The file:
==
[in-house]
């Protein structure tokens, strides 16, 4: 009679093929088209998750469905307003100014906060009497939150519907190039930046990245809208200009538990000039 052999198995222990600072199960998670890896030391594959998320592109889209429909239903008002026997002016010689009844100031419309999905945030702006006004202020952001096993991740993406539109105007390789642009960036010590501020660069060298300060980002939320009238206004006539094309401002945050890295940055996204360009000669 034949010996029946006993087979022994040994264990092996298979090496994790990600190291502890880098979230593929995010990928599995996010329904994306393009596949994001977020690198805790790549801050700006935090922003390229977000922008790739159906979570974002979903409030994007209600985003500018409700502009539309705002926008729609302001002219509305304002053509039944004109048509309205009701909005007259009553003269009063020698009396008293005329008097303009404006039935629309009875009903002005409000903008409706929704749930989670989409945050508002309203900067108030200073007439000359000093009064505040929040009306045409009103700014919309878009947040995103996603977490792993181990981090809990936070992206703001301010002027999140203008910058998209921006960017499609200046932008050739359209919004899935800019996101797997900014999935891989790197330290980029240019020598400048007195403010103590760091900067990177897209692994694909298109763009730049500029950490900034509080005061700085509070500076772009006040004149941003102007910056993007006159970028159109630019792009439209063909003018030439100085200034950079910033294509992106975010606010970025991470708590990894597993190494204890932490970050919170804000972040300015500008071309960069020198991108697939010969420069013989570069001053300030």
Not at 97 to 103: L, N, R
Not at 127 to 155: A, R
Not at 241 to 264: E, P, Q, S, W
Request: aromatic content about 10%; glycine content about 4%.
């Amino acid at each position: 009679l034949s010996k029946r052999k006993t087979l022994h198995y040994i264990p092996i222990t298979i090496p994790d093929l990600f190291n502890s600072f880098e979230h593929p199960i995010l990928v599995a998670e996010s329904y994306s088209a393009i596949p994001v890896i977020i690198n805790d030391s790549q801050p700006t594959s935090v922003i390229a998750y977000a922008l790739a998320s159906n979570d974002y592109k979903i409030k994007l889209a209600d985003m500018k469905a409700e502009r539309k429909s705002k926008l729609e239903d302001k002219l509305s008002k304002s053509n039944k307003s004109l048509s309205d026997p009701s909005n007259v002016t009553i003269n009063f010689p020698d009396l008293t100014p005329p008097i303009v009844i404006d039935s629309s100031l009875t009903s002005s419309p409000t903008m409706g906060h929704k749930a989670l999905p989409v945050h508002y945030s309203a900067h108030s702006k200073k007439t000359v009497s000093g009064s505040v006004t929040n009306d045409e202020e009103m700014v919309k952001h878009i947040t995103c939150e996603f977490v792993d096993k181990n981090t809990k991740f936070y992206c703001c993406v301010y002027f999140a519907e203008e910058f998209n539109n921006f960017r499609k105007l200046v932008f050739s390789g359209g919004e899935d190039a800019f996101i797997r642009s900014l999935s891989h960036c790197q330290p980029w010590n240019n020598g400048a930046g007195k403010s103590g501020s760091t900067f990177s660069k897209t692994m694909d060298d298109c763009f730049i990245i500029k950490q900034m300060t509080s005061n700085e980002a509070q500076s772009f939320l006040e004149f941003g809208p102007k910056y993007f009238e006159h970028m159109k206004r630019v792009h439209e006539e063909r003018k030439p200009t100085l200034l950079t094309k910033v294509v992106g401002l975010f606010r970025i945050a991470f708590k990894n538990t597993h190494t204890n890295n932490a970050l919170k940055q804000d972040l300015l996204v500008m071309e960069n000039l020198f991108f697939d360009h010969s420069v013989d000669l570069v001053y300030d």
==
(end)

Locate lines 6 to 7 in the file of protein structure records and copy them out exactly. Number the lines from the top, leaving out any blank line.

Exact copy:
Request: aromatic content about 10%; glycine content about 4%.
């Amino acid at each position: 009679l034949s010996k029946r052999k006993t087979l022994h198995y040994i264990p092996i222990t298979i090496p994790d093929l990600f190291n502890s600072f880098e979230h593929p199960i995010l990928v599995a998670e996010s329904y994306s088209a393009i596949p994001v890896i977020i690198n805790d030391s790549q801050p700006t594959s935090v922003i390229a998750y977000a922008l790739a998320s159906n979570d974002y592109k979903i409030k994007l889209a209600d985003m500018k469905a409700e502009r539309k429909s705002k926008l729609e239903d302001k002219l509305s008002k304002s053509n039944k307003s004109l048509s309205d026997p009701s909005n007259v002016t009553i003269n009063f010689p020698d009396l008293t100014p005329p008097i303009v009844i404006d039935s629309s100031l009875t009903s002005s419309p409000t903008m409706g906060h929704k749930a989670l999905p989409v945050h508002y945030s309203a900067h108030s702006k200073k007439t000359v009497s000093g009064s505040v006004t929040n009306d045409e202020e009103m700014v919309k952001h878009i947040t995103c939150e996603f977490v792993d096993k181990n981090t809990k991740f936070y992206c703001c993406v301010y002027f999140a519907e203008e910058f998209n539109n921006f960017r499609k105007l200046v932008f050739s390789g359209g919004e899935d190039a800019f996101i797997r642009s900014l999935s891989h960036c790197q330290p980029w010590n240019n020598g400048a930046g007195k403010s103590g501020s760091t900067f990177s660069k897209t692994m694909d060298d298109c763009f730049i990245i500029k950490q900034m300060t509080s005061n700085e980002a509070q500076s772009f939320l006040e004149f941003g809208p102007k910056y993007f009238e006159h970028m159109k206004r630019v792009h439209e006539e063909r003018k030439p200009t100085l200034l950079t094309k910033v294509v992106g401002l975010f606010r970025i945050a991470f708590k990894n538990t597993h190494t204890n890295n932490a970050l919170k940055q804000d972040l300015l996204v500008m071309e960069n000039l020198f991108f697939d360009h010969s420069v013989d000669l570069v001053y300030d």